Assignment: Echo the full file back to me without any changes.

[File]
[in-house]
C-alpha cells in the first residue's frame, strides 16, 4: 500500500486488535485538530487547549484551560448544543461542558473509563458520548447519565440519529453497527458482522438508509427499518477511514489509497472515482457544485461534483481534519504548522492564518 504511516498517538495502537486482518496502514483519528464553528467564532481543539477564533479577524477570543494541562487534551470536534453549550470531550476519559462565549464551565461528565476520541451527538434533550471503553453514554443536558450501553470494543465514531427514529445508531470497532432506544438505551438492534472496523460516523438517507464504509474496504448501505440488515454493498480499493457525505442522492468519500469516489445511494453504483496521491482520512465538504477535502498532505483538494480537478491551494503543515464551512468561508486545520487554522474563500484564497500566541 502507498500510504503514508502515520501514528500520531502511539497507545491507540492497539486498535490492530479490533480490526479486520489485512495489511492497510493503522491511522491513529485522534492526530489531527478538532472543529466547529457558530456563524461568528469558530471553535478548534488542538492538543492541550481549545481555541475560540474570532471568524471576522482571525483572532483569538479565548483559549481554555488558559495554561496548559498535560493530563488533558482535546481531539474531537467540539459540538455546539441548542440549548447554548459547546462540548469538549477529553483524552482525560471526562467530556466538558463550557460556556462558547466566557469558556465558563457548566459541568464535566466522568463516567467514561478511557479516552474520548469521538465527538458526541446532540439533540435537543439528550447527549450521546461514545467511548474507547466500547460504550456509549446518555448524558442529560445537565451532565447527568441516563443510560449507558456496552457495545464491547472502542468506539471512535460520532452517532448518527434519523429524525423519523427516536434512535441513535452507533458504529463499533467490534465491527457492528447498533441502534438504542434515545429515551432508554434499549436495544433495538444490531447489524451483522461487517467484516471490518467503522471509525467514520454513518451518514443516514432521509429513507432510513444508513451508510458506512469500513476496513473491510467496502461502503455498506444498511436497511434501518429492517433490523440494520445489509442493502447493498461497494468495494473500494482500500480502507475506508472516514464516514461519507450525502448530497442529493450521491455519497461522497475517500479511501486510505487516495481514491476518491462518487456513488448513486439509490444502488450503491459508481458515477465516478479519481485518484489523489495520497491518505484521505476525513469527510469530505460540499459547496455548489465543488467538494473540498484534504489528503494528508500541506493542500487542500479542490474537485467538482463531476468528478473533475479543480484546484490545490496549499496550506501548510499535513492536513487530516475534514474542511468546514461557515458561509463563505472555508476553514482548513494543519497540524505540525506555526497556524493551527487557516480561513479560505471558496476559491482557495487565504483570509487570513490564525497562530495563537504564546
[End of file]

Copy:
[in-house]
C-alpha cells in the first residue's frame, strides 16, 4: 500500500486488535485538530487547549484551560448544543461542558473509563458520548447519565440519529453497527458482522438508509427499518477511514489509497472515482457544485461534483481534519504548522492564518 504511516498517538495502537486482518496502514483519528464553528467564532481543539477564533479577524477570543494541562487534551470536534453549550470531550476519559462565549464551565461528565476520541451527538434533550471503553453514554443536558450501553470494543465514531427514529445508531470497532432506544438505551438492534472496523460516523438517507464504509474496504448501505440488515454493498480499493457525505442522492468519500469516489445511494453504483496521491482520512465538504477535502498532505483538494480537478491551494503543515464551512468561508486545520487554522474563500484564497500566541 502507498500510504503514508502515520501514528500520531502511539497507545491507540492497539486498535490492530479490533480490526479486520489485512495489511492497510493503522491511522491513529485522534492526530489531527478538532472543529466547529457558530456563524461568528469558530471553535478548534488542538492538543492541550481549545481555541475560540474570532471568524471576522482571525483572532483569538479565548483559549481554555488558559495554561496548559498535560493530563488533558482535546481531539474531537467540539459540538455546539441548542440549548447554548459547546462540548469538549477529553483524552482525560471526562467530556466538558463550557460556556462558547466566557469558556465558563457548566459541568464535566466522568463516567467514561478511557479516552474520548469521538465527538458526541446532540439533540435537543439528550447527549450521546461514545467511548474507547466500547460504550456509549446518555448524558442529560445537565451532565447527568441516563443510560449507558456496552457495545464491547472502542468506539471512535460520532452517532448518527434519523429524525423519523427516536434512535441513535452507533458504529463499533467490534465491527457492528447498533441502534438504542434515545429515551432508554434499549436495544433495538444490531447489524451483522461487517467484516471490518467503522471509525467514520454513518451518514443516514432521509429513507432510513444508513451508510458506512469500513476496513473491510467496502461502503455498506444498511436497511434501518429492517433490523440494520445489509442493502447493498461497494468495494473500494482500500480502507475506508472516514464516514461519507450525502448530497442529493450521491455519497461522497475517500479511501486510505487516495481514491476518491462518487456513488448513486439509490444502488450503491459508481458515477465516478479519481485518484489523489495520497491518505484521505476525513469527510469530505460540499459547496455548489465543488467538494473540498484534504489528503494528508500541506493542500487542500479542490474537485467538482463531476468528478473533475479543480484546484490545490496549499496550506501548510499535513492536513487530516475534514474542511468546514461557515458561509463563505472555508476553514482548513494543519497540524505540525506555526497556524493551527487557516480561513479560505471558496476559491482557495487565504483570509487570513490564525497562530495563537504564546